It talked and is still talking. It is the most talked about bag. The older styles of the bag are still being bought by people. Every bag I made has its owner who will prefer and buy it as shapes vary but there is something for everybody.
Tell us a bit about your fertility journey.
Around the time I made the talking drum was made, I took part in an African fashion event and we were being interviewed by different online fashion TV stations. One of the journalists was heavily pregnant. During a personal conversation between us, she asked, ‘Do you have children?’ and I said no.
She was very surprised and started crying and said that the way I talked about pregnancy and showed support and care for her, someone would have thought that I already had children. I told her that pregnancy is our problem.
I said that it is a big deal and wonder why we don’t discuss pregnancy-related issues? By the time we had that discussion, I did not know whether I would have my children through IVF, surrogacy or adoption. The moment I knew my fertility status, I knew there were other options and as a couple, we set out a timeline of other options and our last IVF worked. God gave us a set of twins.
Fertility journey is painful but not having a plan is more painful. Children are gifts from God but God did not personally tell us the way He would give them to us.
How did you feel when the babies were dropped in your arms after delivery?
It just reminded me that God is God and will be there for you at His appointed time. The arrival of the babies was godly. They came at the right time because I was in a good space emotionally, in a good frame of mind, spiritually and mentally, even my marriage, so they came at the right time.
I also remember promising God that when the children come, I would share the story of the victory with my mouth. I did it as a reminder for other women that the God who blessed me would also remember them. When I was going through the journey, it felt endless.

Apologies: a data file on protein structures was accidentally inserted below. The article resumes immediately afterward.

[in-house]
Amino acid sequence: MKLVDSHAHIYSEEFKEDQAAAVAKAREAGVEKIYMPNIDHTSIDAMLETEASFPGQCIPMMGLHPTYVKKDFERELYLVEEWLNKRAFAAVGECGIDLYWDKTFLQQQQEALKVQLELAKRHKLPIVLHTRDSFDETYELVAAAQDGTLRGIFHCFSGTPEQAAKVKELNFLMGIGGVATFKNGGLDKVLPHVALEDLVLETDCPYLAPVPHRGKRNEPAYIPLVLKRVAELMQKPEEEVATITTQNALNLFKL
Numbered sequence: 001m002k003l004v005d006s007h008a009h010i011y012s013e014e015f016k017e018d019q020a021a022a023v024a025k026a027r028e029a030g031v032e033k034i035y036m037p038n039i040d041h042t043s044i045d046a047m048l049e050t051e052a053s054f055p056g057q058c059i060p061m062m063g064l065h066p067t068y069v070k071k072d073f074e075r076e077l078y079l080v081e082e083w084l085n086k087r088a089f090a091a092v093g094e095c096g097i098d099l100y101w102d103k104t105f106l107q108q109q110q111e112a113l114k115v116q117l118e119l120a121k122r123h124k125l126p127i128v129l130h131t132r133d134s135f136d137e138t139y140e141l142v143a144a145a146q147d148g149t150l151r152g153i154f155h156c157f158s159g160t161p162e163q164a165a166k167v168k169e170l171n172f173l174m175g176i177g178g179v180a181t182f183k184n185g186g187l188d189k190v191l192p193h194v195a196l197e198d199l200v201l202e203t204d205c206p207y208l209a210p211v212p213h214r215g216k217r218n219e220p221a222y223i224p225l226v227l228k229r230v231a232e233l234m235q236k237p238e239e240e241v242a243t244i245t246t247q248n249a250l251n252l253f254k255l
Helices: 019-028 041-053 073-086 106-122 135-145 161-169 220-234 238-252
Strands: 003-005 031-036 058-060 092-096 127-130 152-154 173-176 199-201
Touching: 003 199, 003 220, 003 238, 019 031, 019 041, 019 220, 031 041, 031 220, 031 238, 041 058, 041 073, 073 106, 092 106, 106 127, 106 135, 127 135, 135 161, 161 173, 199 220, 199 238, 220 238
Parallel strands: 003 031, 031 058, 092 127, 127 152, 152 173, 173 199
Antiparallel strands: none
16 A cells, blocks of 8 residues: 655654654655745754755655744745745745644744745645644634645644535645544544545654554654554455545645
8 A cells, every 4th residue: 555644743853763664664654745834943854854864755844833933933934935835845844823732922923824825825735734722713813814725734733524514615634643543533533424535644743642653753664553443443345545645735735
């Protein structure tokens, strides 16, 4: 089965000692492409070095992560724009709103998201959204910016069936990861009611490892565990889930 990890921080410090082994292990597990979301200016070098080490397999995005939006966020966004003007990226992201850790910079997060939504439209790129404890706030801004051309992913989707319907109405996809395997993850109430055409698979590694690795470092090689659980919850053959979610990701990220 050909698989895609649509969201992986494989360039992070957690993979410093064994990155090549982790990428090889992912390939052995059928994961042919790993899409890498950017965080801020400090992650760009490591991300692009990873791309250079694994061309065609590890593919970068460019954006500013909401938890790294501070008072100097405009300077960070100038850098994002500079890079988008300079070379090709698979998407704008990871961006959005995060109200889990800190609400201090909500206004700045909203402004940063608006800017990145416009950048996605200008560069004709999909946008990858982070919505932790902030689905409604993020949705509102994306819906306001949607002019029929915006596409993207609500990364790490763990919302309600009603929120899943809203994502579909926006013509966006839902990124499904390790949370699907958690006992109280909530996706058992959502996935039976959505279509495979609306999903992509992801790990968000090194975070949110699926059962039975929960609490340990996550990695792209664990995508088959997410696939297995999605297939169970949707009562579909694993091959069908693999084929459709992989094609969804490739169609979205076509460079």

We got married in 2010 and the children were born in 2016. It felt longer than six years because of the intensity of what was going on with me. I had ectopic pregnancies and failed IVFs which could kill. Each time during those ectopic pregnancies, they were terminated to save my life. It was a very trying time.
How has the journey into luxury brands been?
Officially this is our seventh year. I actually started with the clothing line called ‘Mabel Designs’ in 2010 but didn’t do much on social media. In 2012, I introduced the leather handbag line. The advent of Instagram has really changed a lot for us business-wise. Now, we have two luxury babies ‘Okiki Marinho Luxury’ for the bags and ‘Mabel Designs’ for the clothes. The way I market the two babies are different.
The bags have higher value more than the clothes because bags are like works of art not meant for everybody, but for people who understand what luxury means and stands for. We were never set out to do mass production bags because of the technicalities involved.
Most of our bags stand out because of the attention we pay to details, our sewn lines are not seen, and that is the first attraction and appeal. In fact people wonder at magic because it is really appealing and well received. While serving the African market, I am also focusing on international presence by identifying with some influencers. We leverage on such collaborations because it goes a long way.
How did recession affect the sales of your luxury brands?
There were a lot of adjustments. At a time I was considering making the bags abroad. I have already gone to Turkey, but the exchange rate happened and when I got pregnant and childbirth happened, I was out of circulation and had to get back slowly. I started again in 2017 and at the point where we are now, I have learnt a lot about business technique.
What about production challenges?
Funny enough, I am told that many people had no idea that I was going through fertility challenges. Some thought it was a personal choice between my husband and I because of the way we go about our everyday life. Even the workers did not know I was going through challenges. I never took it out on anybody and that is what I advocate for women as well. If I bring negative vibe, it will not give us good production. Therefore I separated my fertility challenge from the work and here we are today.